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Research Training Groups (RTGs) are established by universities to promote researchers in the early stages of their academic careers, and funded by the German Research Foundation (DFG) for a maximum period of 9 years. Their key emphasis is on the qualification of doctoral researchers within the framework of a focused research programme and a structured training strategy.
In contrast to taught PhD programmes, there is a low amount of coursework, and doctoral researchers are expected to actively take part in shaping the ideas and activities of the Research Training Group. The research profile defined by the RTG provides a framework for the independent research projects undertaken by the doctoral researchers. For this reason, applicants are asked to apply by proposing their own research topic – which should, of course, be situated within the thematic scope of the RTG.
On the other hand, Research Training Groups differ from wholly individual PhD projects (as was and still partially is the tradition in Germany) by creating a space for a group of doctoral researchers to work together and to profit from discussions and exchange with each other.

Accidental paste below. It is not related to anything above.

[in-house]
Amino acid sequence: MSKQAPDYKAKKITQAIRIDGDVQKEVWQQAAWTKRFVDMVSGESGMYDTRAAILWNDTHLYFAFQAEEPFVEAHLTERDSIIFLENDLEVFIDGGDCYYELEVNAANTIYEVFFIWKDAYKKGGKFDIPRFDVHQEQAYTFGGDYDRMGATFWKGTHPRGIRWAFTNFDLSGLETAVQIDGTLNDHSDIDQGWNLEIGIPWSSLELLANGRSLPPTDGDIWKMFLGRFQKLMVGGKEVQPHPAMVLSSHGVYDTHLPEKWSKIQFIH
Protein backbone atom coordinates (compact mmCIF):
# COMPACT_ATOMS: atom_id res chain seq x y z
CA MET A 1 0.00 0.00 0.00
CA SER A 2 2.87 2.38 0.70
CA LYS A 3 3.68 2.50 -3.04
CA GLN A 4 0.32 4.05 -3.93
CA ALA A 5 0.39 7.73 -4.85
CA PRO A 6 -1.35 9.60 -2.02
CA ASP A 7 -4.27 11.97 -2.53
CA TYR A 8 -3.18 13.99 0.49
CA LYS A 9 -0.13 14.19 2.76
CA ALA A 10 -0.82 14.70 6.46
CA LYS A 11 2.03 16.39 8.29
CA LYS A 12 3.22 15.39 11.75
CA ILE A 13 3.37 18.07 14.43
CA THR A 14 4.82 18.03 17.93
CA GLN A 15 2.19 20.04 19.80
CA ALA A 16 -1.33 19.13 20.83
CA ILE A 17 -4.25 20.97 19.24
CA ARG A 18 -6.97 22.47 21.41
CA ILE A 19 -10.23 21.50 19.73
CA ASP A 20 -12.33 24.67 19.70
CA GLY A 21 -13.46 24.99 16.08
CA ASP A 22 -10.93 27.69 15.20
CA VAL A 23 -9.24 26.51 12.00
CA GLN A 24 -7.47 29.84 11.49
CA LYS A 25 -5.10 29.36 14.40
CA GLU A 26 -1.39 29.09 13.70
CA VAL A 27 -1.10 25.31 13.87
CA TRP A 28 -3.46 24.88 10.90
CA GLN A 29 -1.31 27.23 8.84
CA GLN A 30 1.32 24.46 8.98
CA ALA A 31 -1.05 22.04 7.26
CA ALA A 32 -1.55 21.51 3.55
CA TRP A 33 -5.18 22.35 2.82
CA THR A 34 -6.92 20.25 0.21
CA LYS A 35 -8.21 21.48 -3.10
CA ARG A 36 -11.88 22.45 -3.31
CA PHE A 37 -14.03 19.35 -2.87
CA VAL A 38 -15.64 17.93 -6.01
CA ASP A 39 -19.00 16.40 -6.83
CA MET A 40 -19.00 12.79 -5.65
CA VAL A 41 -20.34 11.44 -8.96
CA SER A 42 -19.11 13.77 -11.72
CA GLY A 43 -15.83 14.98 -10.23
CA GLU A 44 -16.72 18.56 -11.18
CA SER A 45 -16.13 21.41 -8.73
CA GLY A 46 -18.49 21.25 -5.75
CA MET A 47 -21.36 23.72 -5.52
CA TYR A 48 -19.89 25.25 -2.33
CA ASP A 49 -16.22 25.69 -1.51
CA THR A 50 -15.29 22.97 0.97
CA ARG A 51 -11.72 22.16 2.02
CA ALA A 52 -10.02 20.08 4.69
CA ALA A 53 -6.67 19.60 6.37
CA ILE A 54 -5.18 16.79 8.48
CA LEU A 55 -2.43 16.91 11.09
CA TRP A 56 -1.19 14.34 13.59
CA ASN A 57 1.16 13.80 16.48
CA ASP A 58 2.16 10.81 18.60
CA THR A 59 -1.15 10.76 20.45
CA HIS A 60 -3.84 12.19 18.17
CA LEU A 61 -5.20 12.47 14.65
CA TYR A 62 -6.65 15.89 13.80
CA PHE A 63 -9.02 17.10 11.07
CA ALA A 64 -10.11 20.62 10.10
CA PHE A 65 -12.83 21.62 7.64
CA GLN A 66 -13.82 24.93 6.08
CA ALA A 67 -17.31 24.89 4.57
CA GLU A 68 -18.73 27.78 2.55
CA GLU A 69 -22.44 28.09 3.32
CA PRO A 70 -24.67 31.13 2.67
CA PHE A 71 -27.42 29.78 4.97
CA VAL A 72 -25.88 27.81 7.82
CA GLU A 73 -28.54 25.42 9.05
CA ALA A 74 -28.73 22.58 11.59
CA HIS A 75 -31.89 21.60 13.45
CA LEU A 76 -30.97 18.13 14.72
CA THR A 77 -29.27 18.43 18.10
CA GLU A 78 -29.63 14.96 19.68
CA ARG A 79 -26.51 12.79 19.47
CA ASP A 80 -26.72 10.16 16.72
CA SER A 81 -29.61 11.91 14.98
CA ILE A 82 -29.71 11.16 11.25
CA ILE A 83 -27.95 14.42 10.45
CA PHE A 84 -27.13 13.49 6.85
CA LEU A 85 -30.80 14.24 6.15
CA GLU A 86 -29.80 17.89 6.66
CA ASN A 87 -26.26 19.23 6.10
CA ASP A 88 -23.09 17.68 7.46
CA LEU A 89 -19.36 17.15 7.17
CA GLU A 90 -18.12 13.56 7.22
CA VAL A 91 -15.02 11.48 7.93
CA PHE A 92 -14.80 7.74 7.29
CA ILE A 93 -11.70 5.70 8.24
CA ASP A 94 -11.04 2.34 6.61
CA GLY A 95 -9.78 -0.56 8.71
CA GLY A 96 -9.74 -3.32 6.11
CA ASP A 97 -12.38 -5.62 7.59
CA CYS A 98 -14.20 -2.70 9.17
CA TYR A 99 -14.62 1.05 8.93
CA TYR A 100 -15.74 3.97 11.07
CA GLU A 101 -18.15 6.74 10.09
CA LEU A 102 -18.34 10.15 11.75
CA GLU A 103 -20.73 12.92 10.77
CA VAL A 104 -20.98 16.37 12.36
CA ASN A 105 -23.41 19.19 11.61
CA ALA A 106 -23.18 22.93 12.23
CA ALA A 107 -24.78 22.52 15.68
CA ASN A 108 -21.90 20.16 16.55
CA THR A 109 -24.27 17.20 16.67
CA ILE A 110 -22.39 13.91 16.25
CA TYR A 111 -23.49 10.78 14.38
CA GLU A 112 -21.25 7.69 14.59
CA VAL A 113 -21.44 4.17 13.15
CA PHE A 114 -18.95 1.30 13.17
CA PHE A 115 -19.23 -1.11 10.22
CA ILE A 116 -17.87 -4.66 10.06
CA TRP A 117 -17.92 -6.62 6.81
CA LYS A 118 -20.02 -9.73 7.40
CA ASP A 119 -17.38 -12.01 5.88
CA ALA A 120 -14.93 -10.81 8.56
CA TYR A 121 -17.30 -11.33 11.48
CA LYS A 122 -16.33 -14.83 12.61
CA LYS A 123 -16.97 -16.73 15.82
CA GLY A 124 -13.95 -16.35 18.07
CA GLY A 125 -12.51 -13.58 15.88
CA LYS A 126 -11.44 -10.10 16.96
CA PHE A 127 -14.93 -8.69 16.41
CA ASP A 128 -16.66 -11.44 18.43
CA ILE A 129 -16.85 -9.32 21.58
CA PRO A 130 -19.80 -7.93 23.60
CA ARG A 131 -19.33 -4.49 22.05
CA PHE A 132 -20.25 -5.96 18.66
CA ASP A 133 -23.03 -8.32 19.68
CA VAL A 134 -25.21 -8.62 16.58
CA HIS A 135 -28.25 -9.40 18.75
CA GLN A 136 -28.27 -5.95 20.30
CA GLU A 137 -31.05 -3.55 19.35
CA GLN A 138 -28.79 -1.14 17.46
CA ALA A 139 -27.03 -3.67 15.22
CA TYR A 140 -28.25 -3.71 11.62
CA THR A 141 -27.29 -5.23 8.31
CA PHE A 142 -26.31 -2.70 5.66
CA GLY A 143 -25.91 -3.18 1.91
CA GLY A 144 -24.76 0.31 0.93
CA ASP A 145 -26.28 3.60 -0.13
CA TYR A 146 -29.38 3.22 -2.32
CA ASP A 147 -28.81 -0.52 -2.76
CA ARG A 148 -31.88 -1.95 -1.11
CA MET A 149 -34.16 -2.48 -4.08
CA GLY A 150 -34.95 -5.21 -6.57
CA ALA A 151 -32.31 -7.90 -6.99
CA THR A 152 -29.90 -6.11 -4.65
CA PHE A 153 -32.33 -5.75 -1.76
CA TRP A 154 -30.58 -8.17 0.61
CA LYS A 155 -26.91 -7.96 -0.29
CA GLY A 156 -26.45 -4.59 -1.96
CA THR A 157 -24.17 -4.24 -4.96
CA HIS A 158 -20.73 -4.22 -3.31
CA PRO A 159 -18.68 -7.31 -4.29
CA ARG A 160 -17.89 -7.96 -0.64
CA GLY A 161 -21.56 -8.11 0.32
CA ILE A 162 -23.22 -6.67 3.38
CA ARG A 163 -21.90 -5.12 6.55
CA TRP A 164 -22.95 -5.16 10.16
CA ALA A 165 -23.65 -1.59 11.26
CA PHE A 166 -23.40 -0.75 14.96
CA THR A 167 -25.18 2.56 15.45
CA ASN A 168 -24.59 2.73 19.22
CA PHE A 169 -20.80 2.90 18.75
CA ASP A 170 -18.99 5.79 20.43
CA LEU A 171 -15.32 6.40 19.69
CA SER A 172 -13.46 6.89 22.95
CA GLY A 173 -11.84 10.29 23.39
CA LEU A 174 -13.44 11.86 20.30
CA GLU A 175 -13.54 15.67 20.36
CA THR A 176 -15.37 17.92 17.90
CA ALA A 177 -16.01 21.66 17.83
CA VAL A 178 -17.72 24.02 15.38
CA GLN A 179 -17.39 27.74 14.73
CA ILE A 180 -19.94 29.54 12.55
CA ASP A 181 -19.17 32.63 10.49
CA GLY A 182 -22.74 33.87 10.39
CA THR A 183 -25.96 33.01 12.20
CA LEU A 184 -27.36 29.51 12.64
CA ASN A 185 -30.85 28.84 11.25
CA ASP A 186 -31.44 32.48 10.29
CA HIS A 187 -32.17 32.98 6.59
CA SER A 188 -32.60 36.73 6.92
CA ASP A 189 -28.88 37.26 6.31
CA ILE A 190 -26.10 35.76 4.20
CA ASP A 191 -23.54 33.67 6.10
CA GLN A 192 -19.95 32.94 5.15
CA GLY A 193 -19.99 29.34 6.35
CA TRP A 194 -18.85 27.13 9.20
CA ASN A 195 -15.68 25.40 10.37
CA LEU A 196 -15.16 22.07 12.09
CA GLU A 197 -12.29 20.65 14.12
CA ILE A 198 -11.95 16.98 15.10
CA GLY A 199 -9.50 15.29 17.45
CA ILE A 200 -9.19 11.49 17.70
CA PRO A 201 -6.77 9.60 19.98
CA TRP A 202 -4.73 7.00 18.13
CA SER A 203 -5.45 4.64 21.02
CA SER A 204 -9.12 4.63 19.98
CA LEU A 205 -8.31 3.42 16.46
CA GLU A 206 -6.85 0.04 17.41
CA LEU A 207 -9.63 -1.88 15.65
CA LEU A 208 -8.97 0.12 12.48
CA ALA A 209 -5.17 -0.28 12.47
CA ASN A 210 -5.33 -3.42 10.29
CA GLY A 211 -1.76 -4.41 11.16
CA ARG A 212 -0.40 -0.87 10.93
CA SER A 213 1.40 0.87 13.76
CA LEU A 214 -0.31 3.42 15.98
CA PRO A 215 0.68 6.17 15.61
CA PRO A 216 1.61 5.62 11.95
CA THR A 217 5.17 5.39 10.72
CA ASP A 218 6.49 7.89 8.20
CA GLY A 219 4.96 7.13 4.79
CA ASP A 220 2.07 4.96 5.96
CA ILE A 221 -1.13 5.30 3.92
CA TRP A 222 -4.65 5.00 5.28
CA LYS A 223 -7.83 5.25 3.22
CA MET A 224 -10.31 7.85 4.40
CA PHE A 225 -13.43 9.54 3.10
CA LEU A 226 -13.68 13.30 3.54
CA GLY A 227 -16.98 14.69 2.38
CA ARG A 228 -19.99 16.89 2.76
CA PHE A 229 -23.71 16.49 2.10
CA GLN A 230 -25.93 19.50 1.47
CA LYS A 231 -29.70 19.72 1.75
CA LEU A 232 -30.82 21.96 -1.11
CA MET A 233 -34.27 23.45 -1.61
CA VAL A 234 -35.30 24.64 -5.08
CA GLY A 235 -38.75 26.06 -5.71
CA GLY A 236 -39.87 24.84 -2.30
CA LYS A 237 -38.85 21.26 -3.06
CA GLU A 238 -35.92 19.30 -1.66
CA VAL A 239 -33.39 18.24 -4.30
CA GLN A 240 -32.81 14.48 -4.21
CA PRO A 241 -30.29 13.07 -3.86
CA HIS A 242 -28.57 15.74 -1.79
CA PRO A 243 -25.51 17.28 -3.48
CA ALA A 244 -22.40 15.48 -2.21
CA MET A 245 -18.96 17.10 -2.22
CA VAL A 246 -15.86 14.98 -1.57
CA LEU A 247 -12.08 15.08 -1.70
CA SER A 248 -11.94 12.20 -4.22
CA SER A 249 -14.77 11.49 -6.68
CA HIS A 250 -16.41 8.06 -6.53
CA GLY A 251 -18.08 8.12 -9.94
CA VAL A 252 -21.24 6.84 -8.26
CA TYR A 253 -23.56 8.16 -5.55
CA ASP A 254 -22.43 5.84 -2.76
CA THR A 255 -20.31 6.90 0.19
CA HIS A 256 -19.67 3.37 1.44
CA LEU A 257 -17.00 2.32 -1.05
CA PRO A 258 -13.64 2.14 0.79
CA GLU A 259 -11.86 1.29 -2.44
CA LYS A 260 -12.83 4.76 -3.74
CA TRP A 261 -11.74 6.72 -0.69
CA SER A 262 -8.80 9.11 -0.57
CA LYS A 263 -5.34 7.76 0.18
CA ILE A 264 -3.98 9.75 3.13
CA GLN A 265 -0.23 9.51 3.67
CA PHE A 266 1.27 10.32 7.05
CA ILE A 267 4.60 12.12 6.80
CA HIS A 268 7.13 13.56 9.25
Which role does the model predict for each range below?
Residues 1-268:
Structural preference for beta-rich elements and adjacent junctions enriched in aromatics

While doctoral researchers are taken seriously as producers of knowledge, the RTG also aims to ensure excellent supervision in order to enable each doctoral researcher to complete their degree within the three years of their funding within the project. Thus each PhD student will be advised by a team of three supervisors (2 local, 1 international). In addition, a range of qualification measures ensures the acquisition of academic and professional skills, both in general and suited to the specific profile of each doctoral researcher.
Within the RTG Minor Cosmopolitanisms, doctoral researchers are offered staff positions (instead of scholarships) at one of the participating universities in Potsdam or Berlin for a period of three years, thus ensuring health care and social security coverage for the researchers.